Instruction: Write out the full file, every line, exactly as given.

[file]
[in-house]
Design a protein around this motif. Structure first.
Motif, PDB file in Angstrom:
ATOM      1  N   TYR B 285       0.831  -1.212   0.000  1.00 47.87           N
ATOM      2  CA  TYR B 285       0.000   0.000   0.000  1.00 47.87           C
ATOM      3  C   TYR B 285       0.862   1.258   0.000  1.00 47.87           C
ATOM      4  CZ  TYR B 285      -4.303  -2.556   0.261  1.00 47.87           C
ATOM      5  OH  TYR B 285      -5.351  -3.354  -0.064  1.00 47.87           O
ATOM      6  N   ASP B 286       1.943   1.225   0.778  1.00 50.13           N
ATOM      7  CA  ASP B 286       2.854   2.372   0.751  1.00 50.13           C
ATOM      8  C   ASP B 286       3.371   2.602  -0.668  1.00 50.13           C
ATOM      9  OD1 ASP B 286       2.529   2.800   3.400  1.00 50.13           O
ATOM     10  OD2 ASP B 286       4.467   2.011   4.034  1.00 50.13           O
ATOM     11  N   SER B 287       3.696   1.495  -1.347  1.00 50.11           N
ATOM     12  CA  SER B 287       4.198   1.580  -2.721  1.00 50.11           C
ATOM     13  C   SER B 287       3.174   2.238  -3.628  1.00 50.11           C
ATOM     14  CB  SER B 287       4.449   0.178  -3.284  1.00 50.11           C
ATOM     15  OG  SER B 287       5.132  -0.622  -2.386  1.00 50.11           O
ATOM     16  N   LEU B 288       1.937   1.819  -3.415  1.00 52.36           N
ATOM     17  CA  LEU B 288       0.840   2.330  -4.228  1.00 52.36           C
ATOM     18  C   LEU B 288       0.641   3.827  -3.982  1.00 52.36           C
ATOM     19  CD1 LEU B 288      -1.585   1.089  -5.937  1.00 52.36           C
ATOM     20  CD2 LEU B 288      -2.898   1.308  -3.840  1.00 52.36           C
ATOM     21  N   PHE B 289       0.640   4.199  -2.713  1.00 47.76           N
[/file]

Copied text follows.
[in-house]
Design a protein around this motif. Structure first.
Motif, PDB file in Angstrom:
ATOM      1  N   TYR B 285       0.831  -1.212   0.000  1.00 47.87           N
ATOM      2  CA  TYR B 285       0.000   0.000   0.000  1.00 47.87           C
ATOM      3  C   TYR B 285       0.862   1.258   0.000  1.00 47.87           C
ATOM      4  CZ  TYR B 285      -4.303  -2.556   0.261  1.00 47.87           C
ATOM      5  OH  TYR B 285      -5.351  -3.354  -0.064  1.00 47.87           O
ATOM      6  N   ASP B 286       1.943   1.225   0.778  1.00 50.13           N
ATOM      7  CA  ASP B 286       2.854   2.372   0.751  1.00 50.13           C
ATOM      8  C   ASP B 286       3.371   2.602  -0.668  1.00 50.13           C
ATOM      9  OD1 ASP B 286       2.529   2.800   3.400  1.00 50.13           O
ATOM     10  OD2 ASP B 286       4.467   2.011   4.034  1.00 50.13           O
ATOM     11  N   SER B 287       3.696   1.495  -1.347  1.00 50.11           N
ATOM     12  CA  SER B 287       4.198   1.580  -2.721  1.00 50.11           C
ATOM     13  C   SER B 287       3.174   2.238  -3.628  1.00 50.11           C
ATOM     14  CB  SER B 287       4.449   0.178  -3.284  1.00 50.11           C
ATOM     15  OG  SER B 287       5.132  -0.622  -2.386  1.00 50.11           O
ATOM     16  N   LEU B 288       1.937   1.819  -3.415  1.00 52.36           N
ATOM     17  CA  LEU B 288       0.840   2.330  -4.228  1.00 52.36           C
ATOM     18  C   LEU B 288       0.641   3.827  -3.982  1.00 52.36           C
ATOM     19  CD1 LEU B 288      -1.585   1.089  -5.937  1.00 52.36           C
ATOM     20  CD2 LEU B 288      -2.898   1.308  -3.840  1.00 52.36           C
ATOM     21  N   PHE B 289       0.640   4.199  -2.713  1.00 47.76           N